In this edition of the PropertyShark Foreclosure Spotlight, the focus is on a Midtown West condo up for auction this Wednesday, May 28. But should you hightail it to the courthouse steps? A look at the detailed property report from real estate data powerhouse PropertyShark.com may help you decide.
Address: 77 West 55th Street at Sixth Avenue, Apt. 4D
Size: 566 square feet; 2.5 rooms
Building: 20-story, 104-unit post-war elevator condo
Most recent sale price: last sold in 1977 for an unknown price
Foreclosure type: Unpaid mortgage
Lien amount: $580,344
Minimum bid: Will be announced at the auction
Date of auction: Wednesday, May 28, 2014
Location of auction: New York County Courthouse, Room 130, 60 Centre Street
The owner, who lists a Virginia Beach, Va., address in public records, had owned this apartment since at least 1977, but seems to have stumbled like so many homeowners did during the economic crisis.
She took out an adjustable-rate mortgage back in June 2008, but by April 2009, she had taken out a second mortgage, for a total of $938,250, public records show. On March 14, a different lender that wound up with the loan on its books won a foreclosure judgment against her, as you can see in Section A9: Sale & Property History on the PropertyShark property report.
What else you need to know:
1. This could be a great deal
Depending on how close the winning bid is to the lien amount (more on that below), you could get this at a steep discount. The condo last sold almost 40 years ago, so you won't glean any clues about its value today from its previous sale price. It's worth noting that the most recent sale in the building was a smaller, 476-square-foot studio, which fetched $650,000 earlier this month.
To get a better estimate, run a Comparables search by clicking on the tab in the upper right hand corner. This will pull up the sale prices of condos in the building and the area, as well as when they sold.
In this case, you can see that the median sale price for condos within a half mile that sold in the last six months is $1.384 million. More relevantly, seven apartments in the building have sold at a median price of $1,377 per square foot, arguably putting the market value of this 566-square-foot condo at $756,742, though naturally many factors go into the price. (In this search, suspiciously high or low sales have been eliminated to prevent skewing the results.)
2. Details on the minimum bid
The minimum bid, or "upset price," for the property will be announced at the auction, but the lien amount, $580,344, is a strong indicator of the amount of money the bank needs to get back for this particular apartment.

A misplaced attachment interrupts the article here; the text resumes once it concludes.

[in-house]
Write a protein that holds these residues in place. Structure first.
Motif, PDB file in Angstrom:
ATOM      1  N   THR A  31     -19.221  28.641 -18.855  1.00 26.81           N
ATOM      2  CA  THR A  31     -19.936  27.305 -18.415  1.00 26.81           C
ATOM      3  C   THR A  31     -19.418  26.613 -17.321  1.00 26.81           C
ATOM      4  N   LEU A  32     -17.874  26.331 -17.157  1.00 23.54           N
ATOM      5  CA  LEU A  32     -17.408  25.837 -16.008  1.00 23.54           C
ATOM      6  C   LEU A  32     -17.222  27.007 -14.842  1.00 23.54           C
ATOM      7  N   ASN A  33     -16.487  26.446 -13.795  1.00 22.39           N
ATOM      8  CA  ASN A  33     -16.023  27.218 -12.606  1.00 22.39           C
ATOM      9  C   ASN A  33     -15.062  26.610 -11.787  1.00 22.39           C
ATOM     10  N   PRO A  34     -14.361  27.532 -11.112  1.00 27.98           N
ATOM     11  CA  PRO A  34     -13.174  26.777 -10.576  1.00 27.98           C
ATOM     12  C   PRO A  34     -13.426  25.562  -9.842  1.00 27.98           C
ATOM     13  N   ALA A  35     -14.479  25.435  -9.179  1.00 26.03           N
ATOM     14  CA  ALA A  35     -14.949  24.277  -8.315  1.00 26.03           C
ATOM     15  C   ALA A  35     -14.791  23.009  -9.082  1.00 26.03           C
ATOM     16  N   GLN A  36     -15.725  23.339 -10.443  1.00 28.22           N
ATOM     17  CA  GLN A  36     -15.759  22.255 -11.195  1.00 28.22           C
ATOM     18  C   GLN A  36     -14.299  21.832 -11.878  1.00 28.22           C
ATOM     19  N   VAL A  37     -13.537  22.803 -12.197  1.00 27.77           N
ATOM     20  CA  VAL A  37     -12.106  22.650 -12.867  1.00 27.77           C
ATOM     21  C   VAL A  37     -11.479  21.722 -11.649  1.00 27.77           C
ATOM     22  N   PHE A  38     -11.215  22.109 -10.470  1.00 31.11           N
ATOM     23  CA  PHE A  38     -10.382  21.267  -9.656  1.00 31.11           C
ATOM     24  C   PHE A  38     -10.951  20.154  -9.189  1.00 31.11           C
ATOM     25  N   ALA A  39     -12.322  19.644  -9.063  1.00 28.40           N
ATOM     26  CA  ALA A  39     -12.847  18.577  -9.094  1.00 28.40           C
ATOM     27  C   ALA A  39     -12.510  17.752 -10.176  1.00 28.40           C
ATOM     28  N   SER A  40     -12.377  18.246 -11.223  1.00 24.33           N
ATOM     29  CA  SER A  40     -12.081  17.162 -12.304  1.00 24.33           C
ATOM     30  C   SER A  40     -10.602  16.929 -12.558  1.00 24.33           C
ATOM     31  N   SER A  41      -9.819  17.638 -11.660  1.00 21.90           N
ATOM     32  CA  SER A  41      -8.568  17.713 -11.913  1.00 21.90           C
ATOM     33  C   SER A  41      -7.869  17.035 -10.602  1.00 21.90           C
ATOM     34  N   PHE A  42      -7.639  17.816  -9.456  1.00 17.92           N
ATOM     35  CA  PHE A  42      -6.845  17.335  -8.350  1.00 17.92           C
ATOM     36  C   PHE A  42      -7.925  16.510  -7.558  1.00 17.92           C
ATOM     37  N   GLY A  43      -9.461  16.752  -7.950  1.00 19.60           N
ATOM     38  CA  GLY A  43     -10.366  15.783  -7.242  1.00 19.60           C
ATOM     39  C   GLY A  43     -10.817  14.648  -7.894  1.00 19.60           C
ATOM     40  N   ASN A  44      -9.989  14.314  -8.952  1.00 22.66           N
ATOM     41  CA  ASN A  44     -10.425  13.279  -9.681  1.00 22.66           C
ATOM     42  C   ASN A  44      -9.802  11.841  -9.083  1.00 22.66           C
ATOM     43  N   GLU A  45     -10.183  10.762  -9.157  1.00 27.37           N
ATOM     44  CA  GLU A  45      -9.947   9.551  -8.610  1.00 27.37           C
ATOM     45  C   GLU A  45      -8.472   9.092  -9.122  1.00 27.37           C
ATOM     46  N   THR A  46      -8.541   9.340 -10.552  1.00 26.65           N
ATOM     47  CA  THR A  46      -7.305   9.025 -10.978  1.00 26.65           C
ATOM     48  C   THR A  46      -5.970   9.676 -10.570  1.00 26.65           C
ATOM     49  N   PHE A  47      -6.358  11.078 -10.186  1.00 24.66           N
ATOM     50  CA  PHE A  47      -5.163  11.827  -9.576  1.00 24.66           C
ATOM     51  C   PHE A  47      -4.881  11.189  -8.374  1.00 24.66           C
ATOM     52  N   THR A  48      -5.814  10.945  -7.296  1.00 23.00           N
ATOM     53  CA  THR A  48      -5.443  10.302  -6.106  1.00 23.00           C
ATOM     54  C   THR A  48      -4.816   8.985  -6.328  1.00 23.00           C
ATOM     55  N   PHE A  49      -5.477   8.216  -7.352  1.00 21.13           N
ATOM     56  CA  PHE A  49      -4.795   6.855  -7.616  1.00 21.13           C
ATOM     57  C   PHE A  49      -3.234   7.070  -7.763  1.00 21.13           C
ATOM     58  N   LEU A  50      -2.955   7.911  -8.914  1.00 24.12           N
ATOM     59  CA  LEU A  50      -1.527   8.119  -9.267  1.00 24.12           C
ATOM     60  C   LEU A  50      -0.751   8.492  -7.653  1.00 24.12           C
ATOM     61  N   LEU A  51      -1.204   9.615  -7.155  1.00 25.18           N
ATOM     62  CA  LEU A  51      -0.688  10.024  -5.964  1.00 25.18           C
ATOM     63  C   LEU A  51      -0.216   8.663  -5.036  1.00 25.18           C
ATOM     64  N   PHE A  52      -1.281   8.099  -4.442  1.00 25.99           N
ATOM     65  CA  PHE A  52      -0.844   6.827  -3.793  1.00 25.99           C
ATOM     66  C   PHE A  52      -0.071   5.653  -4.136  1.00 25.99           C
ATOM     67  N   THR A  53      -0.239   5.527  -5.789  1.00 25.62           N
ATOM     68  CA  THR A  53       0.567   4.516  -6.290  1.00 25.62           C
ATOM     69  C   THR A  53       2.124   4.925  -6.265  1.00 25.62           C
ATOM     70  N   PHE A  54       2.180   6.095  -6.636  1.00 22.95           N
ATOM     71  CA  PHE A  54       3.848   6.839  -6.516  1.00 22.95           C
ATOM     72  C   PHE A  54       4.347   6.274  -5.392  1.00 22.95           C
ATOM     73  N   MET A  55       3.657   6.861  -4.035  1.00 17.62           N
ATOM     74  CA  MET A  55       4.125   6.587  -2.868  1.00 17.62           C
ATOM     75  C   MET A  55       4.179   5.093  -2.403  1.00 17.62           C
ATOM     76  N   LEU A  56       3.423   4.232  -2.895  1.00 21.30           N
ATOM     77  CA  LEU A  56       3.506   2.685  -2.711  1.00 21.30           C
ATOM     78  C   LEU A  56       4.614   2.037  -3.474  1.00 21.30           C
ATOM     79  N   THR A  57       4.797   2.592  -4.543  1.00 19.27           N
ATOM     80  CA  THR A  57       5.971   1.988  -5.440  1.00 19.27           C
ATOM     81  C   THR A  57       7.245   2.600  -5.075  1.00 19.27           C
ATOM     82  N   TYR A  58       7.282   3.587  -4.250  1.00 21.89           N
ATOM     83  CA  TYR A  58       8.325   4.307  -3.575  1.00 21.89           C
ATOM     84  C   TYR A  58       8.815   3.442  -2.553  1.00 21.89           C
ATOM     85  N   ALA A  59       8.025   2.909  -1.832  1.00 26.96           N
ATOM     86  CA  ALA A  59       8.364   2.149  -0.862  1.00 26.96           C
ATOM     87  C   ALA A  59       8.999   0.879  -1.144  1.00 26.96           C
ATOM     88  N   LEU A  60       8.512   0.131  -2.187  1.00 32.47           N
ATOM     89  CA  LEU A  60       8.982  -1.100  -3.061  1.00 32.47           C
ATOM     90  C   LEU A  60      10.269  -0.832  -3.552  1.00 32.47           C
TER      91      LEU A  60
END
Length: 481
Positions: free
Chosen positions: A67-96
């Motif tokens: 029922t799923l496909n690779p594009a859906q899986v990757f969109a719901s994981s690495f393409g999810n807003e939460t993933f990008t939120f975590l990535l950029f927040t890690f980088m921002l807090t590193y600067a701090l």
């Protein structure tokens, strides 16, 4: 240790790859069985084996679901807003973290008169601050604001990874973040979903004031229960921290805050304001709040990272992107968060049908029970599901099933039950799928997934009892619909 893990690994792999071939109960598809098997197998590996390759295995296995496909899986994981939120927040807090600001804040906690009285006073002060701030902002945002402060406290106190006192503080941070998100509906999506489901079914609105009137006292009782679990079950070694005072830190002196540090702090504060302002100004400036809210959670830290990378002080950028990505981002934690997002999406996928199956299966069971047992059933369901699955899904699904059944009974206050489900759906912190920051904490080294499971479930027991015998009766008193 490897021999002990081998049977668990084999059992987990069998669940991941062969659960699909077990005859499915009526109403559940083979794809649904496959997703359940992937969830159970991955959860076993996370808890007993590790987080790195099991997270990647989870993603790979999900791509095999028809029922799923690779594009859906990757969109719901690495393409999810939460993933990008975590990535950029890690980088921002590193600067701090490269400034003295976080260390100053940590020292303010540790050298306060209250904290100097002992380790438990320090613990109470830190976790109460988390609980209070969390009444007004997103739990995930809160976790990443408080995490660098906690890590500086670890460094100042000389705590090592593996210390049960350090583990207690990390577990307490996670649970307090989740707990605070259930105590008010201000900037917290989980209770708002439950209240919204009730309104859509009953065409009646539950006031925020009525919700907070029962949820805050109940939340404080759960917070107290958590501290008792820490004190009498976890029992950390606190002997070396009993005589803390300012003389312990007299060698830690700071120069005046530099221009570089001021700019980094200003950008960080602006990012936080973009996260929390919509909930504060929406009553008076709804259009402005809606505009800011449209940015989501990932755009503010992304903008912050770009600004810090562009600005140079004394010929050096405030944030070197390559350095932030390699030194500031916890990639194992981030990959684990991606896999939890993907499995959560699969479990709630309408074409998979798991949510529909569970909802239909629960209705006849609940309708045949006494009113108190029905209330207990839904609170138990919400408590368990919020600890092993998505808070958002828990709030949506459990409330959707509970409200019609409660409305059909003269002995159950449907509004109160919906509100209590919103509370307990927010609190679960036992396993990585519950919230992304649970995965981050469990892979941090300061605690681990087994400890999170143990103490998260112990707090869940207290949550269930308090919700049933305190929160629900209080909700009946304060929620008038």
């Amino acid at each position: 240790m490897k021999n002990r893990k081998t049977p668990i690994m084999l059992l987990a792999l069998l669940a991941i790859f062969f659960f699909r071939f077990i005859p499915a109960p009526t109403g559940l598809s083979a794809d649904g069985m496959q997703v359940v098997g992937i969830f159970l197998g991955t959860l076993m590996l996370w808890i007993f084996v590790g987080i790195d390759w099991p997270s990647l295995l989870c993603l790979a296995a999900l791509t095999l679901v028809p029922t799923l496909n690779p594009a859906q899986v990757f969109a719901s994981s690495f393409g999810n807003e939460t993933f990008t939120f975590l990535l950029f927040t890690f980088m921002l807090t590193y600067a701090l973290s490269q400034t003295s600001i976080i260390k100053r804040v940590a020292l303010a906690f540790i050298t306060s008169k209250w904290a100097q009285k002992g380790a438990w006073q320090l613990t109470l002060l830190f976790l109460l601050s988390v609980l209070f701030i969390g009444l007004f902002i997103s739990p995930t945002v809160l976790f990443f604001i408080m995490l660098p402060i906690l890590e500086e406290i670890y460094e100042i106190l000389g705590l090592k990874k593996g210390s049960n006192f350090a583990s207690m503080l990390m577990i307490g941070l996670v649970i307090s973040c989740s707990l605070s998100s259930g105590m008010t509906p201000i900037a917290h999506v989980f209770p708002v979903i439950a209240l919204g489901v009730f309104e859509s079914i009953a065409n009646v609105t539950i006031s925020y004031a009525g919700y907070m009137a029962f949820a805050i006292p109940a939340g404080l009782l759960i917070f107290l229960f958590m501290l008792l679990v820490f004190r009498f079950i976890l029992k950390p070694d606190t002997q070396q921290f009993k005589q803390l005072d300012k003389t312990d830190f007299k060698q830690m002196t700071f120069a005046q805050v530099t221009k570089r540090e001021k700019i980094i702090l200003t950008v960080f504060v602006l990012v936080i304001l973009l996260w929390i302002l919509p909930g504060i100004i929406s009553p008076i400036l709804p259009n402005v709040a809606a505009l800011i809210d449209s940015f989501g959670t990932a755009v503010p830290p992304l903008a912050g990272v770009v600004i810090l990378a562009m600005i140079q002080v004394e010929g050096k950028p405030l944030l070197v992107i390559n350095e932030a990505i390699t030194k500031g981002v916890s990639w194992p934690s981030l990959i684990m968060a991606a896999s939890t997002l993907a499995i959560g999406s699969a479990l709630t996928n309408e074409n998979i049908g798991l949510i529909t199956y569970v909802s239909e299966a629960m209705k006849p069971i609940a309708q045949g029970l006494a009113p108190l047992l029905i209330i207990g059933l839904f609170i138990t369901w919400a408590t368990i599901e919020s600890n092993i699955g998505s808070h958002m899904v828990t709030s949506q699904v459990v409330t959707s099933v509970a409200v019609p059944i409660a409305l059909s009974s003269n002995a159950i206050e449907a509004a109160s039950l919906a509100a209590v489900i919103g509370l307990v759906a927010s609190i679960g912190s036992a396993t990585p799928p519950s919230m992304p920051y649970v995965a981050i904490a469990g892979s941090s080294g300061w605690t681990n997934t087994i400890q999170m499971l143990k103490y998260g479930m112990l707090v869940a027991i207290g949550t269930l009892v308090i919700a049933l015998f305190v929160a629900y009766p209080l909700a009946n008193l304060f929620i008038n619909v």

To get a better picture of the actual costs before the auction, you can call the auctioneer and the plaintiff's attorney, both of whom are listed in the foreclosure notes. The day before the auction, the auctioneer can shed light on the upset price, but note that he or she cannot help out with other information, such as maintenance charges in arrears.
3. Figure out your eating, shopping and parking options
Midtown is teeming with stores, restaurants and conveniences--this building even has an Earnest Klein & Company supermarket on the first floor! To find out exactly what type of dining and shopping possibilities are nearby, scope out the H3: Businesses section of the report. You can click on the map, which displays all ground-floor retail in the vicinity (and, in fact, across the city).
Also, if you have a car, you might want to tally up your neighborhood parking options with PropertyShark's parking spaces map. Bonus: the area has numerous offerings for car owners.
Below, a retail map shows you all the banks, drug stores, salons, restaurants and more near this apartment
4. This auction might not happen tomorrow after all
Even if the foreclosure auction is scheduled for May 28, it may not happen on that date—or at all. The owner of the property might file for bankruptcy or work something out with the bank, so making a short call can save you a trip.
You can always call the auction referee or the plaintiff’s lawyer--whose contact information is listed in Section A7: Foreclosure--to make sure the auction is still a go before heading on over to the courthouse.
To keep tabs on this property, be sure to click “Add to Watch List” on the top right of the report. Once you do that, you’ll get an e-mail when any new record is filed for this property, including deeds, foreclosure filings and building permits.
Also, keep in mind that you should always seek professional advice when buying distressed properties. Consult a real estate agent and, if necessary, an attorney, once you settle on a specific property.
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